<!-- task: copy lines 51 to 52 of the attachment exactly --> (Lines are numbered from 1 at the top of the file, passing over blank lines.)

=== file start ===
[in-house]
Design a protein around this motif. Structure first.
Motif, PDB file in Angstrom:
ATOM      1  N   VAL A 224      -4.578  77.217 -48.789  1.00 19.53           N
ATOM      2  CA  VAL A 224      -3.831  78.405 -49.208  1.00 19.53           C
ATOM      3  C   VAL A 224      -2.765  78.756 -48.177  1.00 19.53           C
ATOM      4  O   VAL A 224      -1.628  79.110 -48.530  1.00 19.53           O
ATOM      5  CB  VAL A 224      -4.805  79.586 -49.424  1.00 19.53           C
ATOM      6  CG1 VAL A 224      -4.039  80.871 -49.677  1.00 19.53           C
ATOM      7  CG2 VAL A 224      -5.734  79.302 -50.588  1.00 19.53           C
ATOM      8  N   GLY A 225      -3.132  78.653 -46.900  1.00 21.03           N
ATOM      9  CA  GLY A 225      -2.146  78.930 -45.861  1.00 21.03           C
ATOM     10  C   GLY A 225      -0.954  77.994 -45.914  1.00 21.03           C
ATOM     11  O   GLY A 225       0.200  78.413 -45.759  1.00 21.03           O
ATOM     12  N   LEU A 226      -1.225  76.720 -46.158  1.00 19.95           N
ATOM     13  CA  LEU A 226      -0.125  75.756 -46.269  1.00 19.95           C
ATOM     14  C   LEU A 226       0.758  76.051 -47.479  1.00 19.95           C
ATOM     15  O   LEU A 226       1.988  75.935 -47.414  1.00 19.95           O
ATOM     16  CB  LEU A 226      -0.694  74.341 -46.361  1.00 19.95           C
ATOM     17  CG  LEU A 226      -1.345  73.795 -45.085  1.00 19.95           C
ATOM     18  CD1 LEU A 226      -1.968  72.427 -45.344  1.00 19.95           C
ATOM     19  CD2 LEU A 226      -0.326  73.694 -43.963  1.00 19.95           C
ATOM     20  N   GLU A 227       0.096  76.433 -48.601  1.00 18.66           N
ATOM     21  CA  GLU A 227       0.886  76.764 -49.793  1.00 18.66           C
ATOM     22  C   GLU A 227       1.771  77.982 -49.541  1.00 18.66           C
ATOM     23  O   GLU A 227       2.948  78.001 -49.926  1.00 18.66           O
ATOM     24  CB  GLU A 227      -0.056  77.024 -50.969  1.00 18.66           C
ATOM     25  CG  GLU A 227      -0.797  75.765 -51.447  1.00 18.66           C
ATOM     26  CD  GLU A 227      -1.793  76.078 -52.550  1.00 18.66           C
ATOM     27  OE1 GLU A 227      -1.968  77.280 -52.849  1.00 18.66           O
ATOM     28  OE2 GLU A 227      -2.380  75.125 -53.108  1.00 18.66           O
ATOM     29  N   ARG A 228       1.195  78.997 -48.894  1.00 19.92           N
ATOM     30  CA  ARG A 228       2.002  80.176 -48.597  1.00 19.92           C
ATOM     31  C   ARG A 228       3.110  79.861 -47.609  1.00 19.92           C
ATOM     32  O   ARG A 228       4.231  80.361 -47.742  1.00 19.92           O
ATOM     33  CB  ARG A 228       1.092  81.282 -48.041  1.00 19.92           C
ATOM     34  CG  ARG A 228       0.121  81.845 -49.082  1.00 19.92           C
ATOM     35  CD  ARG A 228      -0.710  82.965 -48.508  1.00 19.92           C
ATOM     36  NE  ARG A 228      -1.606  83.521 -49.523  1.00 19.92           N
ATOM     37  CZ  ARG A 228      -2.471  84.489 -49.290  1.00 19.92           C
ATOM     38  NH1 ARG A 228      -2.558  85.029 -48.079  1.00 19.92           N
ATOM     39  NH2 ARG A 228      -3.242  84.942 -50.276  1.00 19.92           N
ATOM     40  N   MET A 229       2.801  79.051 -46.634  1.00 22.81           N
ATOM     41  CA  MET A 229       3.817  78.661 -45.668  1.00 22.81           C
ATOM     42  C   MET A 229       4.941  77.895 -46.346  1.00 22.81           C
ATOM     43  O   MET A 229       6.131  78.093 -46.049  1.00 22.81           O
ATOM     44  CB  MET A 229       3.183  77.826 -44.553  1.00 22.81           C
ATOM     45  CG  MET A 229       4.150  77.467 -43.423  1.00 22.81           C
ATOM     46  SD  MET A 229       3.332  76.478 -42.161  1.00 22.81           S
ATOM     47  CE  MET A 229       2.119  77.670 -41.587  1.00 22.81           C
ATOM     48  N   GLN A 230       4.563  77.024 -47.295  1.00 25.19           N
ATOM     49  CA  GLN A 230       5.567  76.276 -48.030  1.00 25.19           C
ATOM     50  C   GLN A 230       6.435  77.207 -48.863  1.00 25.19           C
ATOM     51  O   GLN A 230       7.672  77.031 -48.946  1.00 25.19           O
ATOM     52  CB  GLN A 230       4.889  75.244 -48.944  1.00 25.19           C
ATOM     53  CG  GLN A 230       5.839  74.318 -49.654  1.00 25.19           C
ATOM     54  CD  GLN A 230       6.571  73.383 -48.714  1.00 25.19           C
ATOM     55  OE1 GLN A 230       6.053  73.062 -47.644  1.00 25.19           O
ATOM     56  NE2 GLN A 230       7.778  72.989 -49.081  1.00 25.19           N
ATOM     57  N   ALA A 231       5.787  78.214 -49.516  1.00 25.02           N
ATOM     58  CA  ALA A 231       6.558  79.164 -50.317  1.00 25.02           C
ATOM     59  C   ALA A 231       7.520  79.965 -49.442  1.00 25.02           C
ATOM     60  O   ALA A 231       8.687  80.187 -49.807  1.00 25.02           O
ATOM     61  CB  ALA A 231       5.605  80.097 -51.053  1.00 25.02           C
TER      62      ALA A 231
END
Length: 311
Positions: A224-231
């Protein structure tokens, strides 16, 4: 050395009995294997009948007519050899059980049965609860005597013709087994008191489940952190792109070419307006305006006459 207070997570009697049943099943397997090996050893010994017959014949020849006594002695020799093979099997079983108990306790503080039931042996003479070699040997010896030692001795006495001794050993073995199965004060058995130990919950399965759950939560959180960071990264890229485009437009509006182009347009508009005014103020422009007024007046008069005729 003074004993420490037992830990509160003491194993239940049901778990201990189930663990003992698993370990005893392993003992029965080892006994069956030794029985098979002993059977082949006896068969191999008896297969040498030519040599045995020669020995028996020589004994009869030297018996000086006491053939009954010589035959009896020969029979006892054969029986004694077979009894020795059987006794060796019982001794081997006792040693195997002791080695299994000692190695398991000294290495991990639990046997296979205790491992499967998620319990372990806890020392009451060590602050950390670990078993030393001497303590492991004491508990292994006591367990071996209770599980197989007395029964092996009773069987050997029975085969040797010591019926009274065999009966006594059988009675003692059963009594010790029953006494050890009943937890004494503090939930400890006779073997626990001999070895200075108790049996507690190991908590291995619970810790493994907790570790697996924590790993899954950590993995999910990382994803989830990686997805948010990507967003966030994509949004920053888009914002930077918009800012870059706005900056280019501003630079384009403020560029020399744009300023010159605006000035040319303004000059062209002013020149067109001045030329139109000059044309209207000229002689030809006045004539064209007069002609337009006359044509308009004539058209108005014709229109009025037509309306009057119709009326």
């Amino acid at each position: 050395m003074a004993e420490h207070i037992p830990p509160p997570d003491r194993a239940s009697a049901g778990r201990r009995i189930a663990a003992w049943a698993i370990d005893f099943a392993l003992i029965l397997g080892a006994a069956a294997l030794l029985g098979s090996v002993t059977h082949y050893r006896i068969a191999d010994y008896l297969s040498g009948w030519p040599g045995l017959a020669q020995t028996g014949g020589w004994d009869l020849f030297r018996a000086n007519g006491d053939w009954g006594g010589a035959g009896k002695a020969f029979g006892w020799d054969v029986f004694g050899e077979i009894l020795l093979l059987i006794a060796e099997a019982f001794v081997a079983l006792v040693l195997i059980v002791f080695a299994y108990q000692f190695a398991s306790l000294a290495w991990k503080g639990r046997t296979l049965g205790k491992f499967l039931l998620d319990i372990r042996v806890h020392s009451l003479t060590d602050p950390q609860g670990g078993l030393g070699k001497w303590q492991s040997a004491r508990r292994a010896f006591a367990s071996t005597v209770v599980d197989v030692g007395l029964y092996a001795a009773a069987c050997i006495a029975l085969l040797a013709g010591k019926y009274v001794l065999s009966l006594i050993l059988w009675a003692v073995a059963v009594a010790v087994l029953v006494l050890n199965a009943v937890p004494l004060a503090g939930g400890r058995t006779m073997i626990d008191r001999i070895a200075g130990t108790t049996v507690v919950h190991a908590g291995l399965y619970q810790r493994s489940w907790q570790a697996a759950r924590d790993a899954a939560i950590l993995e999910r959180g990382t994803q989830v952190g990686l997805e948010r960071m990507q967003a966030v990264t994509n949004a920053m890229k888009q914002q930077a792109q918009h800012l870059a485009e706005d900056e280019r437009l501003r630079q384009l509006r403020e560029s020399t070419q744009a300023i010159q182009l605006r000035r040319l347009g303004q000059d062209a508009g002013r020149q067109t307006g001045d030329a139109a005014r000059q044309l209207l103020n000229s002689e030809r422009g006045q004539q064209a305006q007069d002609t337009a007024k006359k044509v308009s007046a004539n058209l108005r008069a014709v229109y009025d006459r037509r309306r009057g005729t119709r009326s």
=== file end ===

ATOM     48  N   GLN A 230       4.563  77.024 -47.295  1.00 25.19           N
ATOM     49  CA  GLN A 230       5.567  76.276 -48.030  1.00 25.19           C